Having lived on the Big Island for 30 years, Simons said he sympathizes with protesters’ cultural concerns.

“TMT and Mauna Kea have served as something of a focal point in a range of longstanding concerns within the Hawaiian community,” he said, adding that he knows protesters are not against science, or the telescope itself.

“It happened to be a telescope,” that protesters banded together to oppose, he said. “It could have been something else somewhere else in the islands.”

Despite their disagreements about Mauna Kea, Simons said he has had a good relationship with the protesters who maintained constant vigil on the mountain to prevent construction from resuming. “I’ve always been treated with respect and I’ve never felt threatened,” he said.

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  • Who in the world wrote that headline? It not only doesn’t make any sense, it is grammatically incorrect. Where is the verb, should the word “cancel” or “ilimate” be in the title. This is one of the hired 3rd world writers employed by SA. Why can’t they employ Americans? Oh, they cost too much.

  • Over and over the Nei has proven it is not compatible with change and high technology. From the SuperFerry blocking on Kauai, to the ongoing state computer system debacles, to the ever increasing money pit of rail. A track record of failures.

    TMT backers have come to realize the Nei is a black hole for high tech, mo bettah they move the TMT to an area where it is wanted, has a proven track record of supporting space technology, Chile. Atacama, the high desert of Chile, is waiting with open arms to welcome the TMT. No lolo, clueless protesters, no whiners, no fake rock piles. Just people waiting to go to work and get the job done.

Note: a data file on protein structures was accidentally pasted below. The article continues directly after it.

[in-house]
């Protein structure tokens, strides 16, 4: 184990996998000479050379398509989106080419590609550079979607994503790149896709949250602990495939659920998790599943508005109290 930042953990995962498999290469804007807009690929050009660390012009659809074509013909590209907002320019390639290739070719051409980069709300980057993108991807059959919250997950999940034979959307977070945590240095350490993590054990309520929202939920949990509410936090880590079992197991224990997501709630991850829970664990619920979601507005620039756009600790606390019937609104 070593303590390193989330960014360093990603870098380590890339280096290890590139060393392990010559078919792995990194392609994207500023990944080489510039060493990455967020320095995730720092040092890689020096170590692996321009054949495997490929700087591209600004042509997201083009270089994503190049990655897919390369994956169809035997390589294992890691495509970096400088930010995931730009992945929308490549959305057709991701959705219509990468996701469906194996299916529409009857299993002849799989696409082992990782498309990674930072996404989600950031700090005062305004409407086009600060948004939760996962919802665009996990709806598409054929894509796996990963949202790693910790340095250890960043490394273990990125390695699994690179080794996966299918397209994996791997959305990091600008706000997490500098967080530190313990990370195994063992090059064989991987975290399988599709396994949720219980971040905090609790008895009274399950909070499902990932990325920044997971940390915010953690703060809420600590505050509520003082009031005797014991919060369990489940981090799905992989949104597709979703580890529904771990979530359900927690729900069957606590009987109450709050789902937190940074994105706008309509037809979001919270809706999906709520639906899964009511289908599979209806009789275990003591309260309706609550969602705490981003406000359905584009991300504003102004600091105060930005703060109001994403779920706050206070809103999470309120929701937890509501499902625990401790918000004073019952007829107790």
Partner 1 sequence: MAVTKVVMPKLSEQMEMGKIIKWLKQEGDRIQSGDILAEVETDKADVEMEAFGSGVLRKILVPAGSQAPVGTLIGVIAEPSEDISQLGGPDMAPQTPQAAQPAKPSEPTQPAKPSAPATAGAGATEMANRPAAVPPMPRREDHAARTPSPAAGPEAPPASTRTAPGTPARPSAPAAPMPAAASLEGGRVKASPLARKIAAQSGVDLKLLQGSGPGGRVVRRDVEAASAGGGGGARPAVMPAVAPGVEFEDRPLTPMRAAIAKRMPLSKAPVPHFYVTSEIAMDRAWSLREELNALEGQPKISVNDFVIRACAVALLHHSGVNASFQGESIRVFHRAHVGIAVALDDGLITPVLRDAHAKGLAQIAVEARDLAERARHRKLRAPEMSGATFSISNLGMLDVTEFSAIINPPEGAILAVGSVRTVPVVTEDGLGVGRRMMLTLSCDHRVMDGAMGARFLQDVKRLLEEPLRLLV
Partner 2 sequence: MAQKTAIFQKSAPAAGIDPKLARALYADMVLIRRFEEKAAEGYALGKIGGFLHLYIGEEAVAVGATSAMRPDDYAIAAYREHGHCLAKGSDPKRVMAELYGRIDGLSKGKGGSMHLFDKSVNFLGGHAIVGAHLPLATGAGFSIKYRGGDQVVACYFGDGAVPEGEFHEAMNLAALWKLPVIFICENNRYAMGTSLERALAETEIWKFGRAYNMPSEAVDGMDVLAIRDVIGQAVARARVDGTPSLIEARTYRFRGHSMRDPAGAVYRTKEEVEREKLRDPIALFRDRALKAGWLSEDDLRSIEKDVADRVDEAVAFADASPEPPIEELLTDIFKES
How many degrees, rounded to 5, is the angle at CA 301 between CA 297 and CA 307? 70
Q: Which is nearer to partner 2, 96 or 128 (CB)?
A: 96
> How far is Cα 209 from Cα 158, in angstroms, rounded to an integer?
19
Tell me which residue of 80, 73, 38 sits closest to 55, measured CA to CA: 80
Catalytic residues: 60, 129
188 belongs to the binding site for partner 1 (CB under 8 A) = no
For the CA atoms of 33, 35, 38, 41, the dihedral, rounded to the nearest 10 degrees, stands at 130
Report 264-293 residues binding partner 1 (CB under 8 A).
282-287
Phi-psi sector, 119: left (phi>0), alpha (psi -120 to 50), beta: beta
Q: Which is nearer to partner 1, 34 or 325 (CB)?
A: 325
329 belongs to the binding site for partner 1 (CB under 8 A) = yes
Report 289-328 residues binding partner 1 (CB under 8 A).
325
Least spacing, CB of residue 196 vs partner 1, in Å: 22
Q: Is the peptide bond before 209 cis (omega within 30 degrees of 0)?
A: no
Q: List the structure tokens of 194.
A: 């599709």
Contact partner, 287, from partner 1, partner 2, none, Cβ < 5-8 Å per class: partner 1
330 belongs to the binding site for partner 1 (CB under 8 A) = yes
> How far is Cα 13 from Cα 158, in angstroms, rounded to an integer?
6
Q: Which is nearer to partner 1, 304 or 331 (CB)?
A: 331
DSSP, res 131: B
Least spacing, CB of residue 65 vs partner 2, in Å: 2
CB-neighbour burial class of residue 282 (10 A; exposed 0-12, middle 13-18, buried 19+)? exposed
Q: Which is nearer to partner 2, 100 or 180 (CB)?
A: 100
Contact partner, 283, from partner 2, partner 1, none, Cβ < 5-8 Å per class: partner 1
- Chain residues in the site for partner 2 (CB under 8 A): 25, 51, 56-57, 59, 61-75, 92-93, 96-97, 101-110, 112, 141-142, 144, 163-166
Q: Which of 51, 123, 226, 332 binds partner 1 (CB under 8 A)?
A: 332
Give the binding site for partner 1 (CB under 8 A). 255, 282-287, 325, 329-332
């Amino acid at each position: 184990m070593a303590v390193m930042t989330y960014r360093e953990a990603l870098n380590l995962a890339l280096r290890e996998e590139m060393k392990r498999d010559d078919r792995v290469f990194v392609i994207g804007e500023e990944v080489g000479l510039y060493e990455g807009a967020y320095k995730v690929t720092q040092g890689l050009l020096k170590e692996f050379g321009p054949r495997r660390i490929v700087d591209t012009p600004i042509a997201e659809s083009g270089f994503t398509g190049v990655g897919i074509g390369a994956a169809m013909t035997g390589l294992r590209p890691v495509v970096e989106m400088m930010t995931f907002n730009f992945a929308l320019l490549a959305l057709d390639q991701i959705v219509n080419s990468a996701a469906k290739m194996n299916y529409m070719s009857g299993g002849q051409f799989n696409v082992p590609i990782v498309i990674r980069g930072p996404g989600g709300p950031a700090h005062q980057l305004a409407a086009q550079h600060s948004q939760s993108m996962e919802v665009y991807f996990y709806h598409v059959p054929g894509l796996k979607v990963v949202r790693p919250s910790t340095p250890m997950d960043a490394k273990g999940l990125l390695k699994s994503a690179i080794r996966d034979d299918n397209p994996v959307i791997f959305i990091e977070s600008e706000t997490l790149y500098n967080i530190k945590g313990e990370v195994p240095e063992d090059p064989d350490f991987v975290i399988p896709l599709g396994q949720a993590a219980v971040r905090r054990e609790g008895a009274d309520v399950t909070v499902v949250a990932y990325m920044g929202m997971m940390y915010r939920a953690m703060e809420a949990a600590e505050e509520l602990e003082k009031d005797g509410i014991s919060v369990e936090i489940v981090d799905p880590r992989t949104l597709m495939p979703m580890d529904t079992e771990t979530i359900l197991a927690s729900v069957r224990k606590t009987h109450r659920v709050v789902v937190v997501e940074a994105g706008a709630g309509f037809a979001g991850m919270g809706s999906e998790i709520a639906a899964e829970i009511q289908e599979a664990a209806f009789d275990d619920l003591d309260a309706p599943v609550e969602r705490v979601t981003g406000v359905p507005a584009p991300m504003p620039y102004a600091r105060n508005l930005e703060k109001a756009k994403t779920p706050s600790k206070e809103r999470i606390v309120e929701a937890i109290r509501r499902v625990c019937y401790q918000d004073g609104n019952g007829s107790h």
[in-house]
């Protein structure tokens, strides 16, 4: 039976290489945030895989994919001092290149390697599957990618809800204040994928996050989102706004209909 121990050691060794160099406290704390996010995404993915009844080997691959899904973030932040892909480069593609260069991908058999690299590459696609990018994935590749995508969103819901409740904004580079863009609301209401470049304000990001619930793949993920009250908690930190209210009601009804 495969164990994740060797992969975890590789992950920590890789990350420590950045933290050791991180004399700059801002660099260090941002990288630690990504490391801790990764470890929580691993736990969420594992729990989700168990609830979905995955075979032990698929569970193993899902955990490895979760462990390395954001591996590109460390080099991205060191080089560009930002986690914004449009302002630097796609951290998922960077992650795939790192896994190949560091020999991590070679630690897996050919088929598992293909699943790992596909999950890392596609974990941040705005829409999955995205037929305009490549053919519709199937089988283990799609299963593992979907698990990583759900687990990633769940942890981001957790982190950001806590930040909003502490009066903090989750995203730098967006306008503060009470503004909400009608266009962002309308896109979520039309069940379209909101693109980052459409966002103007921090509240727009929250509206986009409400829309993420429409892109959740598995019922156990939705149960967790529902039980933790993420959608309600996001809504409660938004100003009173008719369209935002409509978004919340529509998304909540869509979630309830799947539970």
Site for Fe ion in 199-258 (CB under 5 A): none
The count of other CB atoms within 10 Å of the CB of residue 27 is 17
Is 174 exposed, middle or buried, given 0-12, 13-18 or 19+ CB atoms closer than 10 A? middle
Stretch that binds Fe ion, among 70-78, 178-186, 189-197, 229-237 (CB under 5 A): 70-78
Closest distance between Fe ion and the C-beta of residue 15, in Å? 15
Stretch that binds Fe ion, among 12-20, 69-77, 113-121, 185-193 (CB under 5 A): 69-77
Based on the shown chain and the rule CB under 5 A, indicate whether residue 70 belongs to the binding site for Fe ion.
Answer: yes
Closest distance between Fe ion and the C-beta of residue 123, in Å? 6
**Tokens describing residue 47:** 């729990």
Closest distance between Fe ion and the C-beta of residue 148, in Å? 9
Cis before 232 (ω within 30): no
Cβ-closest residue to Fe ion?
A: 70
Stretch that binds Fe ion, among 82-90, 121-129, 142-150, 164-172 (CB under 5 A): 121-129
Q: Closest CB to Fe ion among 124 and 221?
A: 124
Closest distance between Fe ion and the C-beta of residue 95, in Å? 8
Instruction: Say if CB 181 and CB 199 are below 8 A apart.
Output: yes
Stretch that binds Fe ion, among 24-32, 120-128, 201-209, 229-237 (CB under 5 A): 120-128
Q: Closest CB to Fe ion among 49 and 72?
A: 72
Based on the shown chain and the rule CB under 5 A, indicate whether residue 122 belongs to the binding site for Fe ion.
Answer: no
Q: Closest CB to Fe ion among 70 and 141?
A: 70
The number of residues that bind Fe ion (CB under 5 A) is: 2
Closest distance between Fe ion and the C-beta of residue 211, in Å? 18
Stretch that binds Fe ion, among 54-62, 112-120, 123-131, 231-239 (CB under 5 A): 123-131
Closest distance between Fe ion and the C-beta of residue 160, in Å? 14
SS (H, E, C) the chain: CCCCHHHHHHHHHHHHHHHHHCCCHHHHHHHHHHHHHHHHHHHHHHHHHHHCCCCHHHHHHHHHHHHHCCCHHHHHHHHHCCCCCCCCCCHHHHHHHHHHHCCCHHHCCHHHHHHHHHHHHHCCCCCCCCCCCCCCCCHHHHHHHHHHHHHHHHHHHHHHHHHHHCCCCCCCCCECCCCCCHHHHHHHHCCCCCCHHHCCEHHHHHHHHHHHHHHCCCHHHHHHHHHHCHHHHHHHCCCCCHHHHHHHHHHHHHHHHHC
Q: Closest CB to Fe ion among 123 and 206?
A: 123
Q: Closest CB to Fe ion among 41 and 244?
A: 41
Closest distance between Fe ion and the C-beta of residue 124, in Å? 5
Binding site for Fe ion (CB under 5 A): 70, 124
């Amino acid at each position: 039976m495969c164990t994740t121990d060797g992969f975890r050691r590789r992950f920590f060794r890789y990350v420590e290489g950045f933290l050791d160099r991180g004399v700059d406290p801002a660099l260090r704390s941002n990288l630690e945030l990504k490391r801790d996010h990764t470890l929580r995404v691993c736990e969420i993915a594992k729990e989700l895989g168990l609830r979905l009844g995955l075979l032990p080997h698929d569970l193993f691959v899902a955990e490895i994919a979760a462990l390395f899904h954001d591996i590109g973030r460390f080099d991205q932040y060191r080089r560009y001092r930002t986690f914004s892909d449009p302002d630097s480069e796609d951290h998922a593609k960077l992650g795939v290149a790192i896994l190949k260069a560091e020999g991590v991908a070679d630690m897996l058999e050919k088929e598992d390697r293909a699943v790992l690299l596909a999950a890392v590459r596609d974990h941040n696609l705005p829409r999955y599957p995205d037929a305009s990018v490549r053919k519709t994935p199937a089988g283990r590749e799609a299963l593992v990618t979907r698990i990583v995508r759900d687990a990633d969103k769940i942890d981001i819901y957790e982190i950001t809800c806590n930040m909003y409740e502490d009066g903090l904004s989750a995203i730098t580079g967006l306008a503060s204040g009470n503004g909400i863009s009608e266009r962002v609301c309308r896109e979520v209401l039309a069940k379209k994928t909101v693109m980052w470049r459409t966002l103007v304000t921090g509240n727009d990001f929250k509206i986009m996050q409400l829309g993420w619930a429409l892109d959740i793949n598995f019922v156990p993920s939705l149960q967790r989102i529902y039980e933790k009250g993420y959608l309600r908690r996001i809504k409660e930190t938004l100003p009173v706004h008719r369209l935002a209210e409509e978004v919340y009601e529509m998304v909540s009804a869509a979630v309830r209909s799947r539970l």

As the article shows, Chile is an astronomer’s paradise. Hawaii is an astronomer’s black hole, no intelligent life forms. http://www.bbc.com/news/world-latin-america-14205720

    • The VLT array and ALMA negate the need for the TMT in the Southern Hemisphere. We need the TMT in the Northern Hemisphere so that we have complete coverage of the entire sky. Mauna Kea is THE best place in the Northern Hemisphere for the TMT.

      • Can’t talk to people who know nothing of the celestial sphere. Can’t see a large portion of the northern celestial sphere from Chile! What don’t you understand about that???

        • agree but Hawaii is not intellectually cAPable of supporting this project hon. It needs to go where people will appreciate the science and opportunities.

  • Hawaiians are steeped in their culture, the past and not the future. This is only one example. They pride themselves in ocean voyages guided only by the stars and yet are fighting something that will further that effort. They use old manual techniques to rebuild ancient fish ponds when modern machinery and tools are available and would make the process more efficient and complete it quicker rather than taking 50 years to rebuild a portion of the fish pond. Mauna Kea does have religious value and significance but not that which these Hawaiians are proclaiming. Read “God of Light, God of Darkness” by Daniel Kikawa.